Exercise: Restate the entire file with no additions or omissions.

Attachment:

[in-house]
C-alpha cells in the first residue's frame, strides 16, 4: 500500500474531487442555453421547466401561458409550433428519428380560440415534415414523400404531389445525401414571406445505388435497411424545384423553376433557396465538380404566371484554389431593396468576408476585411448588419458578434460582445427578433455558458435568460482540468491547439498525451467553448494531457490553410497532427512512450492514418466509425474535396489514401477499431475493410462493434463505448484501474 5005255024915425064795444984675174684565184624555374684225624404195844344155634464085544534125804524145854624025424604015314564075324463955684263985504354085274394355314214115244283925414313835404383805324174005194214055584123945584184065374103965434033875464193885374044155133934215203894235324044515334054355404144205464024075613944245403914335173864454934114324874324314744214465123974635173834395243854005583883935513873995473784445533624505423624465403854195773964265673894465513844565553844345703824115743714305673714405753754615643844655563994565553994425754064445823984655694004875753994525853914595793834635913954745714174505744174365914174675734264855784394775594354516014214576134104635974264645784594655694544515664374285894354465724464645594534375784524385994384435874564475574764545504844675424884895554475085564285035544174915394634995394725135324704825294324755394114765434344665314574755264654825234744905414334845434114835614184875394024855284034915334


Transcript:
[in-house]
C-alpha cells in the first residue's frame, strides 16, 4: 500500500474531487442555453421547466401561458409550433428519428380560440415534415414523400404531389445525401414571406445505388435497411424545384423553376433557396465538380404566371484554389431593396468576408476585411448588419458578434460582445427578433455558458435568460482540468491547439498525451467553448494531457490553410497532427512512450492514418466509425474535396489514401477499431475493410462493434463505448484501474 5005255024915425064795444984675174684565184624555374684225624404195844344155634464085544534125804524145854624025424604015314564075324463955684263985504354085274394355314214115244283925414313835404383805324174005194214055584123945584184065374103965434033875464193885374044155133934215203894235324044515334054355404144205464024075613944245403914335173864454934114324874324314744214465123974635173834395243854005583883935513873995473784445533624505423624465403854195773964265673894465513844565553844345703824115743714305673714405753754615643844655563994565553994425754064445823984655694004875753994525853914595793834635913954745714174505744174365914174675734264855784394775594354516014214576134104635974264645784594655694544515664374285894354465724464645594534375784524385994384435874564475574764545504844675424884895554475085564285035544174915394634995394725135324704825294324755394114765434344665314574755264654825234744905414334845434114835614184875394024855284034915334